We’ve all heard the old adage that we have to save for a rainy day. Most financial planners encourage you to have a rainy day fund. And, well, no matter where you live you know that one day it is going to rain (both literally and figuratively!).
Whether you rent or own, live with a roommate, have your own car or ride the bus you know that something will always come up that you didn’t originally plan on having to pay for. It could be a medical situation that requires hospitalization or even a few rounds of antibiotics that set you back a considerable amount of money.
My bubbe always told me that even emergencies can be planned for if you anticipate that some day something might just go wrong. Bubbe comes from a time where being prepared was a way of life. And she’s continued with a variety of different ways to keep that going in her life.
Now that many health care plans have high deductibles, we could be saving a small amount each month ‘just incase’. There are also doctor and prescription co-pays that need to be paid. Sure, we never intend to use them but what if? By saving a few dollars along the way, you can be a little more prepared if the unintended happens.
But how do you save for a rainy day? Here are three ways to get you started and help you be prepared.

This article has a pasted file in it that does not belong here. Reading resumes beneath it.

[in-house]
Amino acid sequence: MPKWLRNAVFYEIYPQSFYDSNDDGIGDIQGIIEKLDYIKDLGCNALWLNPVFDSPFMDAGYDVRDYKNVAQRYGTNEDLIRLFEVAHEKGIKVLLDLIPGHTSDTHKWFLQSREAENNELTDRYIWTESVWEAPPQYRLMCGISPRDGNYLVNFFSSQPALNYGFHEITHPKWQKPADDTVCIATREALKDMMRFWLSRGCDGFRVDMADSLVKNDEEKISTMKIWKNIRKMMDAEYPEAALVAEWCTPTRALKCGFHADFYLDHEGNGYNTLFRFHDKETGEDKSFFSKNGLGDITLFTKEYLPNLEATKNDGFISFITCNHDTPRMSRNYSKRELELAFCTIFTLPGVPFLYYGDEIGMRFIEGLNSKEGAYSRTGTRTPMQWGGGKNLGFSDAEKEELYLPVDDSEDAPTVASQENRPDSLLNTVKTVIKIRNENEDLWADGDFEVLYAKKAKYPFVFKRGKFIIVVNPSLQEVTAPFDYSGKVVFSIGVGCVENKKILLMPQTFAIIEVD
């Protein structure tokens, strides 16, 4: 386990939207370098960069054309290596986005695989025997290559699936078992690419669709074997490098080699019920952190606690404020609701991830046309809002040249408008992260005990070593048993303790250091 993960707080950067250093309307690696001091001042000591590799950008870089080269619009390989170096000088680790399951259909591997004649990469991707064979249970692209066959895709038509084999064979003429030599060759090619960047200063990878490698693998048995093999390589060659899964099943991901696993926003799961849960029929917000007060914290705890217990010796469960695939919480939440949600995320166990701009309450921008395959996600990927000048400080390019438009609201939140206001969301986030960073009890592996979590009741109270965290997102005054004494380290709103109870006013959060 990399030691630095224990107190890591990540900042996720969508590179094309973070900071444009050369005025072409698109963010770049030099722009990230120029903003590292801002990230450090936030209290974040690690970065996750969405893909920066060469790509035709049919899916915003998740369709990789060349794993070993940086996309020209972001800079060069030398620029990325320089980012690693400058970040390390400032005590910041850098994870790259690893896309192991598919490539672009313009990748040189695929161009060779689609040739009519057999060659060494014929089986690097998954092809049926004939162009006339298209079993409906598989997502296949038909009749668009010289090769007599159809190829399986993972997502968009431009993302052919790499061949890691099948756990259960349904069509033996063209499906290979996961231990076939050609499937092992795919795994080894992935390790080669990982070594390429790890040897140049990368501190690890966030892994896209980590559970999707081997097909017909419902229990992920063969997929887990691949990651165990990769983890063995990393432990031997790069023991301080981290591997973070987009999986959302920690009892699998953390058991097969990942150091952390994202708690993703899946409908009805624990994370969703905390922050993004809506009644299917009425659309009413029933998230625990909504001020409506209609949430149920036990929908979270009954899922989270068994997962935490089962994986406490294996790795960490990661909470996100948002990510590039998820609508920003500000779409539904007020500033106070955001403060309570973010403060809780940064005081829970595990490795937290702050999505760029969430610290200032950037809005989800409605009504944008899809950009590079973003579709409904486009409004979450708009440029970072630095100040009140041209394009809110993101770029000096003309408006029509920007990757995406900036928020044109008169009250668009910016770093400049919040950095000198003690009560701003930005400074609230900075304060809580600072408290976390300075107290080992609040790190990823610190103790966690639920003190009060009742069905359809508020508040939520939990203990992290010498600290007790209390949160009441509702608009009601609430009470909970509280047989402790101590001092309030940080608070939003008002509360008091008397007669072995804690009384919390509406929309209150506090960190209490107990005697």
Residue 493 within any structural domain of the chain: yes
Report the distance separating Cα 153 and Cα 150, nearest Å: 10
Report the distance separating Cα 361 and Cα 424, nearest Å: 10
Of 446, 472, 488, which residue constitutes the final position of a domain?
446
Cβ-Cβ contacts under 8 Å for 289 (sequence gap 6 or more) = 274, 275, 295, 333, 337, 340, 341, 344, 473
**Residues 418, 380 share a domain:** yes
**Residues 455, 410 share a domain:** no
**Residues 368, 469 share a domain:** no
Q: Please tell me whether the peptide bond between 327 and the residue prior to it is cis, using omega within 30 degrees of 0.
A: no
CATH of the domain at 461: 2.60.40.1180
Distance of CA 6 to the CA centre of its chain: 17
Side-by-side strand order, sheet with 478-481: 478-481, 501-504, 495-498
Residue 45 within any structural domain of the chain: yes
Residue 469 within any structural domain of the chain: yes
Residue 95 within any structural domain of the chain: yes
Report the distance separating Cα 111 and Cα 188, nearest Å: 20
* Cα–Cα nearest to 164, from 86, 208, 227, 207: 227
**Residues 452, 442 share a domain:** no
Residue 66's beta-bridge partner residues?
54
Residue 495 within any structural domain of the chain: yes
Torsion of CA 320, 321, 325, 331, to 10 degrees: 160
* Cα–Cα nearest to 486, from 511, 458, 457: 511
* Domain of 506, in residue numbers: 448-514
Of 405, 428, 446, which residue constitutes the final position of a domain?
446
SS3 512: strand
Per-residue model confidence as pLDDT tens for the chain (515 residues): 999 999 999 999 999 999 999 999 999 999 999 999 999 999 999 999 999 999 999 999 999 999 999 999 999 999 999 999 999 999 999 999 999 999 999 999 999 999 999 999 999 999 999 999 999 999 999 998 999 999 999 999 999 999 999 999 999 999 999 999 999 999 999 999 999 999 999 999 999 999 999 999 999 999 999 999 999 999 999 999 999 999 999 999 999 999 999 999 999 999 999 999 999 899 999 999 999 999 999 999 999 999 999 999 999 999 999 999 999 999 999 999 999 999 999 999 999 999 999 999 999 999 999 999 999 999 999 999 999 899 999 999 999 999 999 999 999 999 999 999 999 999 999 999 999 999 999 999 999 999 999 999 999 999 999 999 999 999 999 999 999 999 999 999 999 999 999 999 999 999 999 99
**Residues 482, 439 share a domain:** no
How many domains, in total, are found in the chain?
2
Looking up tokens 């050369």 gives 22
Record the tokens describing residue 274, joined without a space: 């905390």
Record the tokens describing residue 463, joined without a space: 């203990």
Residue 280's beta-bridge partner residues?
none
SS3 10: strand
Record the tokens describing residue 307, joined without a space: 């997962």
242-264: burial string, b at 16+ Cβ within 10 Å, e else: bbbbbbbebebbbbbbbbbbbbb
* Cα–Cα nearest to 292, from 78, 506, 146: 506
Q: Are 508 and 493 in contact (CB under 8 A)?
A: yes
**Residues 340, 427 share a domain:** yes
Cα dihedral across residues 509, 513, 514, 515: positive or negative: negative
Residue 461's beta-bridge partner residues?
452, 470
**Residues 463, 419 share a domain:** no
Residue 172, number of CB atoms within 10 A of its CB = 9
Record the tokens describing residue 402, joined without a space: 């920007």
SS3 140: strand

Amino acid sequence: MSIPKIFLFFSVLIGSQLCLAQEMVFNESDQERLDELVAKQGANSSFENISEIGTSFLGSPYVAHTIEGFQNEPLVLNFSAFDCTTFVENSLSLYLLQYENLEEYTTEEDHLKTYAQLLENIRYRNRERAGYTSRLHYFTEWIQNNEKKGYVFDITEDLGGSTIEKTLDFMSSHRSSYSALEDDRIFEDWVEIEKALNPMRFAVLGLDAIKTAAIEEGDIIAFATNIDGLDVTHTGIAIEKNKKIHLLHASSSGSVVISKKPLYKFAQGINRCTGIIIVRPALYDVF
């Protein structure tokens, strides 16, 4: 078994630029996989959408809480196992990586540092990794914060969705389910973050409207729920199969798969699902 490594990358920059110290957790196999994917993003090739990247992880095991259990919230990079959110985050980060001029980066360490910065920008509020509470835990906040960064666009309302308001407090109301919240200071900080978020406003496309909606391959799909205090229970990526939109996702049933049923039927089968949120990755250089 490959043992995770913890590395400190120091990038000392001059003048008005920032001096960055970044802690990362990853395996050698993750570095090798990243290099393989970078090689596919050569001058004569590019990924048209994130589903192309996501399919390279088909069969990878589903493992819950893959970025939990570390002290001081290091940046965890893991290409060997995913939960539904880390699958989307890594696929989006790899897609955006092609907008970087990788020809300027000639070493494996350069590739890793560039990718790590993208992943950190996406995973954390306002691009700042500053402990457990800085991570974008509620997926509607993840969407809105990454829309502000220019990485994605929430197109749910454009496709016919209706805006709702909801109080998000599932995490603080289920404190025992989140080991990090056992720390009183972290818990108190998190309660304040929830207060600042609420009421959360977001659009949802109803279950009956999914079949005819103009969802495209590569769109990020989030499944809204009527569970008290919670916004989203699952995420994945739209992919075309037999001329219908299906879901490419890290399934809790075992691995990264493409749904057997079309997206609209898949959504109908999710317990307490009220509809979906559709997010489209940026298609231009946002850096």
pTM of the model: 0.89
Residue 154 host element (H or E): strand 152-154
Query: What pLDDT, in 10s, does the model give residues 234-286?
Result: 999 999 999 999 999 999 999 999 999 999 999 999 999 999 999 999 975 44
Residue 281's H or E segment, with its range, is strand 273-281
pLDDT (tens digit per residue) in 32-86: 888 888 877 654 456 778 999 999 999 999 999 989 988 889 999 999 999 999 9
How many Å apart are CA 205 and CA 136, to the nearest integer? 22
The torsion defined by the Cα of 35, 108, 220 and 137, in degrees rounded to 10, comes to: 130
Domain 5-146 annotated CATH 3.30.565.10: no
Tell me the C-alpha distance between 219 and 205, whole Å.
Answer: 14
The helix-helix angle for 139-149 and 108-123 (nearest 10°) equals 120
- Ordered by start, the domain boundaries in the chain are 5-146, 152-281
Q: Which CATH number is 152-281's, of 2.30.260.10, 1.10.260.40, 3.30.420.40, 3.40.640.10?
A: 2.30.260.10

1. Save all your change every evening – At the end of the day take all your coins – even if it’s just the pennies, nickels and dimes – and put it in a jar. You’ll be surprised at how quickly change can add up. No, it won’t magically multiply into thousands of dollars over night but you’d probably be surprised at what you’ll have at the end of a month.
2. Set up an automatic transfer with your current account – Even transferring $5 a week can give you $20 at the end of each month (on average). You can use an online bank such as ING or HSBC if you want to keep the money from your immediate temptation. Of course you can open up an additional account at your local financial institution too. Just make sure you set up a weekly or monthly automatic transfer or keep a reminder to make the transfer.
3. Pay with cash – if you normally charge routine purchases to your credit or debit card, you may be spending more than you really want. If you allocate a set amount for the week, you are more likely to stay within that budget. Anything left over at the end of the week can be put in your savings jar.
By taking small steps, you can give yourself peace of mind knowing that there is a rainy day fund ‘just incase’. And, of course, Bubbe has insight about making your savings tangible.
Do you have other ways you save for a rainy day? I’d love to know, and I’m sure others would too!